What's your 30-second elevator speech?
I have a niche small business advisory called Practically Partners.
Our niche is small architectural/design practices with an unrecognised problem. For every 4 small practices - 3 are NOT commercially sustainable, and 2 of those 3 don’t even know it - because they’ve been robbing Peter to pay Pauline. They’re working overtime and under-paying themselves to cover the shortfall and taking commercial risks for little reward.
However, they ARE brilliant creative technicians (even genius at times), passionate about their clients’ projects, but having suffered an initial entrepreneurial seizure to start their business, they’re now stuck on a hamster wheel they can’t get off and they have no clear vision about their own future or how to get there – they just keep running in the same spot as martyrs to their projects.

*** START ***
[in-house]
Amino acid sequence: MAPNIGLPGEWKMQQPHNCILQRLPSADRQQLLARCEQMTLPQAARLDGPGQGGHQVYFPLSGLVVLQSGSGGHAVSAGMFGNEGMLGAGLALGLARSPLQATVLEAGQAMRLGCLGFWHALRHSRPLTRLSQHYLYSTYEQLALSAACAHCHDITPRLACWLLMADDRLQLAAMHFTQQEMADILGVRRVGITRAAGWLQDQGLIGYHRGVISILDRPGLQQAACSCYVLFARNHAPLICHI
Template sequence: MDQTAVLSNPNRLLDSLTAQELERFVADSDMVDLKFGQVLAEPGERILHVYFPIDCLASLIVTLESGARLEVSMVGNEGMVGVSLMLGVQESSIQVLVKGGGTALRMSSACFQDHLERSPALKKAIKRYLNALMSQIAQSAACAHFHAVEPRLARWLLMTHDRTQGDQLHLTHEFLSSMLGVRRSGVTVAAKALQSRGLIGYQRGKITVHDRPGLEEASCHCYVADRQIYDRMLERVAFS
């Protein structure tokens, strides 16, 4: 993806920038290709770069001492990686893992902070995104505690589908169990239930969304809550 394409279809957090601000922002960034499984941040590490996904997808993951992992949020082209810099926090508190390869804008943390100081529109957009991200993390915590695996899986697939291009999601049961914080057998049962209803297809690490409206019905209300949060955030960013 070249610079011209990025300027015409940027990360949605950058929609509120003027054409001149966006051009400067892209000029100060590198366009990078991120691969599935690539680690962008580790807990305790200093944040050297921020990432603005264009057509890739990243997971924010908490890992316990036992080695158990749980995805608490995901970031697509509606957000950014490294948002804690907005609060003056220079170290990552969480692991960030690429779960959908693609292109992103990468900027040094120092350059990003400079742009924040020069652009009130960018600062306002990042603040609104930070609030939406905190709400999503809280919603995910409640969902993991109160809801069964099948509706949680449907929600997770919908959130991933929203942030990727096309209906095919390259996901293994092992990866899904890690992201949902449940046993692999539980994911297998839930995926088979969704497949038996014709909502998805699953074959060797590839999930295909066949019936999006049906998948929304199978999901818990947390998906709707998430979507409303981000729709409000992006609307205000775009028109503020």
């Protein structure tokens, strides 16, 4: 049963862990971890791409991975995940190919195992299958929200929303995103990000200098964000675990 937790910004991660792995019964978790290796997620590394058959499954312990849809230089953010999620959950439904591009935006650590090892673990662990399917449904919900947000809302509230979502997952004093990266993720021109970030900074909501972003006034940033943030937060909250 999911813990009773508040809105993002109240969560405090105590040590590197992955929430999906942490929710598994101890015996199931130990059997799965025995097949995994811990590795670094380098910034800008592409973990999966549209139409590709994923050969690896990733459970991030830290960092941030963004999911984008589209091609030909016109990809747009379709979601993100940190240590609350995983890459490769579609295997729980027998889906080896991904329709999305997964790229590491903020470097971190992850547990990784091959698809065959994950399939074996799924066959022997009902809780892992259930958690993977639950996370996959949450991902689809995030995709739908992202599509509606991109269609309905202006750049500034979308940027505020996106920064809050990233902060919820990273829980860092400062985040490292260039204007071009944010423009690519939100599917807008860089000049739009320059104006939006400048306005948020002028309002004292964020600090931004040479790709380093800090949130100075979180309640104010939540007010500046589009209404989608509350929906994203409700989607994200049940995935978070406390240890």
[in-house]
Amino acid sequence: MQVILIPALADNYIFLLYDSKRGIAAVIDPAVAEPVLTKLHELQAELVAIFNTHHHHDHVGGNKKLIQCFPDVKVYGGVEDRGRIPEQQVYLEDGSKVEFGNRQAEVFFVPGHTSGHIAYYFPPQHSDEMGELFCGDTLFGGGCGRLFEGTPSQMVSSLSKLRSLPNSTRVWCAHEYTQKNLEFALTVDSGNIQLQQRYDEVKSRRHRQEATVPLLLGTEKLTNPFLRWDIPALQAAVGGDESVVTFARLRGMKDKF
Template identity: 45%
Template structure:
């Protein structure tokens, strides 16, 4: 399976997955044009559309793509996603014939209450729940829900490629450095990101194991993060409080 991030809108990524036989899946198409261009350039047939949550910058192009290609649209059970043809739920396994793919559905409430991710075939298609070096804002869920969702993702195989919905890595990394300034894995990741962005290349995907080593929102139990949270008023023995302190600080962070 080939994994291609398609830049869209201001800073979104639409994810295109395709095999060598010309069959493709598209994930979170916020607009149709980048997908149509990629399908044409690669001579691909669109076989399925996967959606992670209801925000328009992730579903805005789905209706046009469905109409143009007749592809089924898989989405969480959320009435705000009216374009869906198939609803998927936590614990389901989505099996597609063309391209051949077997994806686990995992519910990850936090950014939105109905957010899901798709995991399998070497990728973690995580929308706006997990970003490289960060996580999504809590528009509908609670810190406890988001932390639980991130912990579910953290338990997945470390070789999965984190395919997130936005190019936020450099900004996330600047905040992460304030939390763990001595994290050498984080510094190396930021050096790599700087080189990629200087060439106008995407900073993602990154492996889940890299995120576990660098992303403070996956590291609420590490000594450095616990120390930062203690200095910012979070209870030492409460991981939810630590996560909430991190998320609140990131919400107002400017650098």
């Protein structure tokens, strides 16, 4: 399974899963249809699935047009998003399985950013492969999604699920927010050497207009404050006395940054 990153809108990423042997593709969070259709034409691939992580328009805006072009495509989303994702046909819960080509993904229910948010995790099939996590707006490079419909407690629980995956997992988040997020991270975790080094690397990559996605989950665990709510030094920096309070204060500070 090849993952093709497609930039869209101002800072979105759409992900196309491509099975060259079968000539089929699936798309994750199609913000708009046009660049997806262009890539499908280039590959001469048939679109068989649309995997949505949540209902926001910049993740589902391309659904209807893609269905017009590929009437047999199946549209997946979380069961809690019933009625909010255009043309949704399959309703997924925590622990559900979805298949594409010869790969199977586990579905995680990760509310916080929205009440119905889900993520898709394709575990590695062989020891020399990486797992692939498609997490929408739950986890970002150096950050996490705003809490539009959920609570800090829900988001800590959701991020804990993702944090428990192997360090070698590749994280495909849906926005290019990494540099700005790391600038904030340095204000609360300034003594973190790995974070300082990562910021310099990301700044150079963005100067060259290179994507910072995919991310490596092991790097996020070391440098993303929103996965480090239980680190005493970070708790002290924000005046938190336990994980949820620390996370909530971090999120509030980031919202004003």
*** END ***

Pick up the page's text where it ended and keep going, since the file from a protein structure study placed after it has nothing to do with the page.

My mission is to help them fix it, to stop them striving and start them thriving. I’m passionate about assisting these firms to step up to their next level - by helping them define their vision - then transforming their project-passion into sustainable prosperity, by creating their freedom through structure, with small improvements that make a big difference to reaching that vision.
The soft infrastructure we create together, makes them more successful and resilient through ON-Business simplicity, rigour and measurable improvement.
In return, the freedom gained - allows them to focus on their passion for projects - working IN the business – knowing where it will take them, instead of stressing about it imploding around them.
Who inspires you the most to be the best you can be as a person?
I’m endlessly impressed by people who are driven by a vision for the greater good and live by their values to achieve it, especially when no-one is looking (think Mandela) but I’m not a fan of the “Tony Robbin’you” self-promoting psychobabble gurus. I was always inspired by my parents and their values they instilled in our family. My dad died when I was 15 years old but I find myself decades later, living by his core values of being trusted for your intent, integrity, capabilities and results, because trust is hard to earn but easy to loose.